January 3, 20102564341
February 8, 20102554332
February 28, 20102544323
March 8, 20102534314
March 21, 20101774305
April 13, 20102544314
May 18, 20102554323
May 21, 20101764314
May 22, 20101774323
June 8, 20101784332
November 2, 20101804350
November 29, 20101794341
Final voting share58.8%41.2%
Non-voting members6060
Beginning of next Congress1932424350

Leadership[edit]

Section contents:Senate: Majority (D), Minority (R) • House: Majority (D), Minority (R)

Senate[edit]

Majority (Democratic) leadership[edit]

Minority (Republican) leadership[edit]

House of Representatives[edit]

Majority (Democratic) leadership[edit]

  • Majority Leader: Steny Hoyer
  • Majority Whip: Jim Clyburn
  • Senior Chief Deputy Majority Whip: John Lewis
  • Chief Deputy Majority Whips: Maxine Waters, John S. Tanner, Ed Pastor, Jan Schakowsky, Joseph Crowley, Diana DeGette, G.K. Butterfield, Debbie Wasserman Schultz
  • Caucus Chairman: John B. Larson
  • Caucus Vice-Chairman: Xavier Becerra
  • Campaign Committee Chairman: Chris Van Hollen
  • Steering/Policy Committee Co-Chairs: George Miller and Rosa DeLauro
  • Organization, Study, and Review Chairman: Michael Capuano

Minority (Republican) leadership[edit]

Members[edit]

Senate[edit]

In this Congress, Class 3 meant their term ended with this Congress, requiring reelection in 2010; Class 1 meant their term began in the last Congress, requiring reelection in 2012; and Class 2 meant their term began in this Congress, requiring reelection in 2014.

Congressional leaders meeting with President Obama, November 30, 2010.
Final Senate Membership
     56 Democrats

     42 Republicans


     2 Independents, caucusing with Democrats

The United States Senate (in 2010)
Final House Membership
     255 Democrats

     179 Republicans


     1 Vacant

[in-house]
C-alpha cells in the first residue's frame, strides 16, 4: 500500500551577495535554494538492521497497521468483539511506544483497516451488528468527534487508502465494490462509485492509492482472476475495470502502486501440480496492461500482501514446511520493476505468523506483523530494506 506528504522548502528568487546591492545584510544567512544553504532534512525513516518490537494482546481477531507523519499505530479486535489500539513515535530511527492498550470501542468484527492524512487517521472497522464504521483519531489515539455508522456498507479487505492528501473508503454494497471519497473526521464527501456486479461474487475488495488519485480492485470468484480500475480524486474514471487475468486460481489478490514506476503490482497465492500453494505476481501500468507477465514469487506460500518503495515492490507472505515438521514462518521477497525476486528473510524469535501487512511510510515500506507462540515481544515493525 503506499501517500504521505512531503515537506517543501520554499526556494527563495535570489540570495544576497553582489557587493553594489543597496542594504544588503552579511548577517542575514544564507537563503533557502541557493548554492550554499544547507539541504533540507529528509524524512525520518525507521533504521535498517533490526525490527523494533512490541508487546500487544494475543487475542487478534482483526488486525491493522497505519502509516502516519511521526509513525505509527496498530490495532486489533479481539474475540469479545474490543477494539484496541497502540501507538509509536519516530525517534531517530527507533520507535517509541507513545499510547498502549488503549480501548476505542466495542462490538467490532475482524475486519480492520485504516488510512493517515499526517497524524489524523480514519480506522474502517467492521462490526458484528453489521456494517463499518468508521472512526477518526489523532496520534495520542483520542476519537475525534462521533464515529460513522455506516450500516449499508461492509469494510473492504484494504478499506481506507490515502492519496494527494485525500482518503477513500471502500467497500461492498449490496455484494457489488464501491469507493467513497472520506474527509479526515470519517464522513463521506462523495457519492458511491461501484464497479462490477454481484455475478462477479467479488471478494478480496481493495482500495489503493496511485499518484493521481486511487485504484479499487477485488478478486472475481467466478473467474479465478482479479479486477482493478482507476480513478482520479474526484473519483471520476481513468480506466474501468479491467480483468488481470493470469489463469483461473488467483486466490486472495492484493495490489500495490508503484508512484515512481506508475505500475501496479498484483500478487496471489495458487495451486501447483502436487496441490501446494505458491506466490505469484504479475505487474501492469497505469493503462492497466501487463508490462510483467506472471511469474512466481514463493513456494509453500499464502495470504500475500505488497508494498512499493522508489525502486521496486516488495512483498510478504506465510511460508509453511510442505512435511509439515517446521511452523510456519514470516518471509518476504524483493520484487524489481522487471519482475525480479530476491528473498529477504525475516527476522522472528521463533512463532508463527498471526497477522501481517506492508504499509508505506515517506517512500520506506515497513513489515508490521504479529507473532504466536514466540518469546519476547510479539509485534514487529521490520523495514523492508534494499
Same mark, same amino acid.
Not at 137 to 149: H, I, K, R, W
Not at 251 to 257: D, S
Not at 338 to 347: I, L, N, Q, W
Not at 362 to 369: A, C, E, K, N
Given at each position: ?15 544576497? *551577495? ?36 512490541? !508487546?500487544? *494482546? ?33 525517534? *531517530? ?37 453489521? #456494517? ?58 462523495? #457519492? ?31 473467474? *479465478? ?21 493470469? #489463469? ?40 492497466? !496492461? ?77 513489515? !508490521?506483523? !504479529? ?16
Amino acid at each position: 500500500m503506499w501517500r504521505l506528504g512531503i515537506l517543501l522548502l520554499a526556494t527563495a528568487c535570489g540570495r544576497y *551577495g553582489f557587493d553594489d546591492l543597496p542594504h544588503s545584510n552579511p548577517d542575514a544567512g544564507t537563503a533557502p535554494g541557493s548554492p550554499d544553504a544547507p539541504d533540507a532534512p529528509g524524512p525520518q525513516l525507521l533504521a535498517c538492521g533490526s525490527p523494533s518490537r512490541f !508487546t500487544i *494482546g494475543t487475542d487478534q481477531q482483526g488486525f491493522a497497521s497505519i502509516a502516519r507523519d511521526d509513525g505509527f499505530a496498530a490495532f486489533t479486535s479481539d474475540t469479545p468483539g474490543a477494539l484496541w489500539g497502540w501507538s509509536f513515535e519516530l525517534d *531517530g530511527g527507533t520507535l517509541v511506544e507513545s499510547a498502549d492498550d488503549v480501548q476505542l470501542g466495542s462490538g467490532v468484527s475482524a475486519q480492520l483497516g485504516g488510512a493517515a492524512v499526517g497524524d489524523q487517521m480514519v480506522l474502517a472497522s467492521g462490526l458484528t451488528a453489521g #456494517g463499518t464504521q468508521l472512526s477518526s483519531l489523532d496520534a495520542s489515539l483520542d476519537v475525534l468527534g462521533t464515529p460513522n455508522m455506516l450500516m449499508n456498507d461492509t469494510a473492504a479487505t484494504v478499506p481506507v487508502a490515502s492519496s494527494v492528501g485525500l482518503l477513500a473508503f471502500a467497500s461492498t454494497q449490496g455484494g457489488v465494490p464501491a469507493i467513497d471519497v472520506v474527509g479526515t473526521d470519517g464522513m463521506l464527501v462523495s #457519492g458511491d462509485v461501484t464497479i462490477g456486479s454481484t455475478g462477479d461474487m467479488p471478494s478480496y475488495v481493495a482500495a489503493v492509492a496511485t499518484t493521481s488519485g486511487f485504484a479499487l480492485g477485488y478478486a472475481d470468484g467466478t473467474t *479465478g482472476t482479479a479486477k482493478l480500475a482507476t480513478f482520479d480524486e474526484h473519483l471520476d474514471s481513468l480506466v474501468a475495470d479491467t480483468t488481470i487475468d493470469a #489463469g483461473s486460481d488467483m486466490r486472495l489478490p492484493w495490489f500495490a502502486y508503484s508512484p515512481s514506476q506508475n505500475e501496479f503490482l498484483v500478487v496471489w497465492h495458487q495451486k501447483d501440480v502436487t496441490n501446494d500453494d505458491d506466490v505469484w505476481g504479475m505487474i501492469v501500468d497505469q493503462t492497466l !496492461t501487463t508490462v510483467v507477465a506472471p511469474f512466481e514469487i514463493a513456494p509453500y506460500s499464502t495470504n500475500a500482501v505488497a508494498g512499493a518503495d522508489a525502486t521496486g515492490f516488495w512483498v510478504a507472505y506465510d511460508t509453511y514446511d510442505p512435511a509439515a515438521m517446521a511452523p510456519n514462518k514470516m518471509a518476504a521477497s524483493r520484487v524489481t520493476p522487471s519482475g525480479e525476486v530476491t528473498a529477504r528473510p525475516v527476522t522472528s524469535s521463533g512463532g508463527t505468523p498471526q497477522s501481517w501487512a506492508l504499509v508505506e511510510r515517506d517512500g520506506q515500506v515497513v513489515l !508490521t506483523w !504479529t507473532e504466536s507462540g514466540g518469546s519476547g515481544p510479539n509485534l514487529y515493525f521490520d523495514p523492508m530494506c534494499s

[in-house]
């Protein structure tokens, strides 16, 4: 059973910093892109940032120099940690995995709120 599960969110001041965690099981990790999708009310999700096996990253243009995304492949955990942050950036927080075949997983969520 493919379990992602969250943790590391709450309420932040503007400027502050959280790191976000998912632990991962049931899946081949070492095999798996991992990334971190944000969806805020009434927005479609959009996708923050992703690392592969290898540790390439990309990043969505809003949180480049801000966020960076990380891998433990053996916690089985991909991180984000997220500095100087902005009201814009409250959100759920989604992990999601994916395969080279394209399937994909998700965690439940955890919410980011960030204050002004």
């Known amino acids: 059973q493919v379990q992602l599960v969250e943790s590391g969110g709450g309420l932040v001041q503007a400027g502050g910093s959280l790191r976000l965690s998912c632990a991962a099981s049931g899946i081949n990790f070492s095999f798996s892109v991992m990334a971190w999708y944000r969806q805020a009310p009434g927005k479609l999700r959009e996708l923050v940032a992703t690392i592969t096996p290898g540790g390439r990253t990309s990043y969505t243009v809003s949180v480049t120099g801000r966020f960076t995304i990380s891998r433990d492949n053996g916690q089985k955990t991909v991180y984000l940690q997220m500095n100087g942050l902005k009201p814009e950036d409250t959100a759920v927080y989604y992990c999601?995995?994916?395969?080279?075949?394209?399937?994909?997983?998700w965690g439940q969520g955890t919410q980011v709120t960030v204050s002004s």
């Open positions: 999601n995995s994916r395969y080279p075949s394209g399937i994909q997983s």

Analysis

Legislative Metrics

Read our 2017 Report Card for Menéndez.

Ideology–Leadership Chart

Menéndez is shown as a purple triangle ▲ in our ideology-leadership chart below. Each dot is a member of the Senate positioned according to our liberal–conservative ideology score (left to right) and our leadership score (leaders are toward the top).

The chart is based on the bills Menéndez has sponsored and cosponsored. See full analysis methodology.

Ratings from Advocacy Organizations

Committee Membership

Robert “Bob” Menéndez sits on the following committees:

  • Ranking Member, Senate Committee on Foreign Relations
    • Ex Officio, Subcommittee on Africa and Global Health Policy
    • Ex Officio, Subcommittee on East Asia, the Pacific, and International Cybersecurity Policy
    • Ex Officio, Subcommittee on Europe and Regional Security Cooperation
    • Ex Officio, Subcommittee on Multilateral International Development, Multilateral Institutions, and International Economic, Energy, and Environmental Policy
    • Ex Officio, Subcommittee on Near East, South Asia, Central Asia, and Counterterrorism
    • Ex Officio, Subcommittee on State Department and USAID Management, International Operations, and Bilateral International Development
    • Ex Officio, Subcommittee on Western Hemisphere, Transnational Crime, Civilian Security, Democracy, Human Rights, and Global Women's Issues
  • Senate Committee on Banking, Housing, and Urban Affairs
  • Senate Committee on Finance

Enacted Legislation

Menéndez was the primary sponsor of 13 bills that were enacted. The most recent include:

View All »

We consider a bill enacted if one of the following is true: a) it is enacted itself, b) it has a companion bill in the other chamber (as identified by Congress) which was enacted, or c) if about one third or more of its provisions were incorporated into bills that were enacted (as determined by an automated text analysis, applicable beginning with bills in the 110th Congress).

Bills Sponsored

Issue Areas

Menéndez sponsors bills primarily in these issue areas:

International Affairs (34%)Health (16%)Taxation (13%)Civil Rights and Liberties, Minority Issues (9%)Finance and Financial Sector (9%)Education (7%)Emergency Management (6%)Housing and Community Development (5%)

Recent Bills

Some of Menéndez’s most recently sponsored bills include...

View All » | View Cosponsors »

Voting Record

Key Votes

Menéndez’s VoteVote Description